Saturday, June 26, 2021

The Wreck of the Mary Deare (1959)

The Wreck of the Mary Deare is an Anglo-American co-production with a script by Eric Ambler based on a Hammond Innes novel. It stars Gary Cooper, Charlton Heston and Michael Redgrave and was directed by Michael Anderson (a director with a solid track record in the action/thriller genres). With all that talent involved you’d be expecting something fairly special. Whether it lives up to that promise remains to be seen.

It was also, interestingly enough, originally going to be directed by a guy named Alfred Hitchcock.

The Wreck of the Mary Deare is a nautical thriller but it’s also a character study of a flawed man caught in an impossible situation in which nobody is likely to believe his version of events, whether his account is true or not.

John Sands (Charlton Heston) and his partner are salvage operators. Steaming through the English Channel in their little salvage vessel, the Sea Witch, they encounter a steamer which appeared to be drifting and abandoned. If this is the case then they would be able to claim the salvage rights. The steamer is the Mary Deare. Sands boards her, only to discover that she hasn’t been abandoned. Not quite. One man is still aboard, Captain Gideon Patch (Gary Cooper). Patch was actually the First Officer but took command four days earlier when Captain Taggart was lost overboard.

Due to wild weather Sands is unable to return to the Sea Witch. He tells his partner he’ll see him in St Malo.

Now things start to get mysterious. Patch claims to have been attacked by a member of the crew. He is secretive and some of his actions are difficult for Sands to understand. No distress call has been sent and Patch could have asked the Sea Witch to send such a call but he didn’t. Which is strange, since the Mary Deare is in no condition to reach port without the assistance of an ocean-going tug.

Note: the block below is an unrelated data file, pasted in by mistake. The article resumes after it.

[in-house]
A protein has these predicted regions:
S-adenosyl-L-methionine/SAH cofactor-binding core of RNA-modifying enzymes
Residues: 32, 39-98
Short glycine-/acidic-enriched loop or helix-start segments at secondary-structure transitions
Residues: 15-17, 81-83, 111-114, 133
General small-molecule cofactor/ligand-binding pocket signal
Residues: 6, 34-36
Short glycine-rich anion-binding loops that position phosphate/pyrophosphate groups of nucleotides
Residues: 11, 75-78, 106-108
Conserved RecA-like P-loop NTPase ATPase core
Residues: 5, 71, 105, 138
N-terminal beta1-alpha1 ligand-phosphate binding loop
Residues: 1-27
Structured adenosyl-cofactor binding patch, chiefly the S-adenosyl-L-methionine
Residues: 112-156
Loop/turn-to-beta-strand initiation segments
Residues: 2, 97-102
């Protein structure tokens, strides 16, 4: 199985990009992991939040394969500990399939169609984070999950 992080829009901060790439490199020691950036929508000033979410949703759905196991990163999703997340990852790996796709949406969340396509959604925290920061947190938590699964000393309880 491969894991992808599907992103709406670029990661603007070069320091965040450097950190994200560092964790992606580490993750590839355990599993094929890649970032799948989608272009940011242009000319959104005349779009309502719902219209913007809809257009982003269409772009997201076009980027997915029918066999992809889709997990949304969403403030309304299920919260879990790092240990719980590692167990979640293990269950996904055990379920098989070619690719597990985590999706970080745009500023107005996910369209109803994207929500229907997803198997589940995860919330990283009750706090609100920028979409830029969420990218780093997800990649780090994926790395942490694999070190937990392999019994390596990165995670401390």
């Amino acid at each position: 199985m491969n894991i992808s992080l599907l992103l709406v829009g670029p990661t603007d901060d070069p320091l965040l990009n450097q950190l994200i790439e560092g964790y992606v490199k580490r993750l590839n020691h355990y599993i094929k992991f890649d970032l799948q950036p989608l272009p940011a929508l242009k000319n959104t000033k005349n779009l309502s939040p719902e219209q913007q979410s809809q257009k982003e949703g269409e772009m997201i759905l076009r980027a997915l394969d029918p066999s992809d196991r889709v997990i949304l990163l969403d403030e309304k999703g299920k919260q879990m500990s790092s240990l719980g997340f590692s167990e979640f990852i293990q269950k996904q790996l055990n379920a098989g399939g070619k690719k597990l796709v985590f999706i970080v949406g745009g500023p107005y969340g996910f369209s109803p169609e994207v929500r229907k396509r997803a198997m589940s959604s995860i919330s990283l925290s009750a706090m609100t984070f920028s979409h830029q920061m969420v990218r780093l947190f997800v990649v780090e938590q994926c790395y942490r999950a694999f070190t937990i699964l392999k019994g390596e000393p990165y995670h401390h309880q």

The Mary Deare is headed for a treacherous reef and Captain Patch’s response is even more surprising. Sands isn’t very happy about Patch’s actions since it’s his skin that is at stake as well as Captain Patch’s.

Patch and Sands survive and Patch makes a very odd request. Sands isn’t pleased about it. Patch pleads with Sands to trust him. For reasons that he himself cannot understand Sands decides to do so, a decision that could have all sorts of consequences when the Court of Enquiry meets to investigate the loss of the Mary Deare.

At which point the movie switches gears, becoming a court-room drama. And the saga of the Mary Deare becomes even more mysterious. There is only one way in which the mystery can be cleared up but it will be a gamble.

The movie will later switch gears again, back to being a thriller.

It’s interesting to watch two legends of American acting together in this movie. Gary Cooper was very near the end of his career, and his life. But as an actor he’s still got it. Charlton Heston had had a meteoric rise in the preceding few years and was close to his peak. They work well together which is important because the strange relationship between these two men is crucial to the movie’s success. The relationship is a mixture of suspicion and reluctant trust. Patch is a complicated man with serious character flaws but Sands seems to sense a certain basic decency in the man, even if sometimes it’s well hidden. Sands has some complexity as well. He’s in the salvage business to make a buck and he hates to miss any opportunity to do so but he has a certain sense of honour as well.

The miniatures work in the early part of the film really is superb. If the movie were remade today it would rely on CGI and I very much doubt if it would look anywhere near as impressive. The first third of the movie aboard the Mary Deare really is terrific stuff. Things slow down a bit in the court-room scenes but then we get some more fine action scenes at the end.

You could almost say there’s a hint of noir to this movie. It definitely has some psychological thriller elements as Patch struggles with his inner demons.

The Warner Archive DVD release offers a very good anamorphic transfer (the movie was shot in colour and in the Cinemascope aspect ratio).

This is a fine reasonably intelligent thriller with great special effects, fine acting and some emotionally depth. The scenes at sea really are done extremely well. Highly recommended.

If you’re a Hammond Innes fan then Snowbound (1947) is also worth a look.

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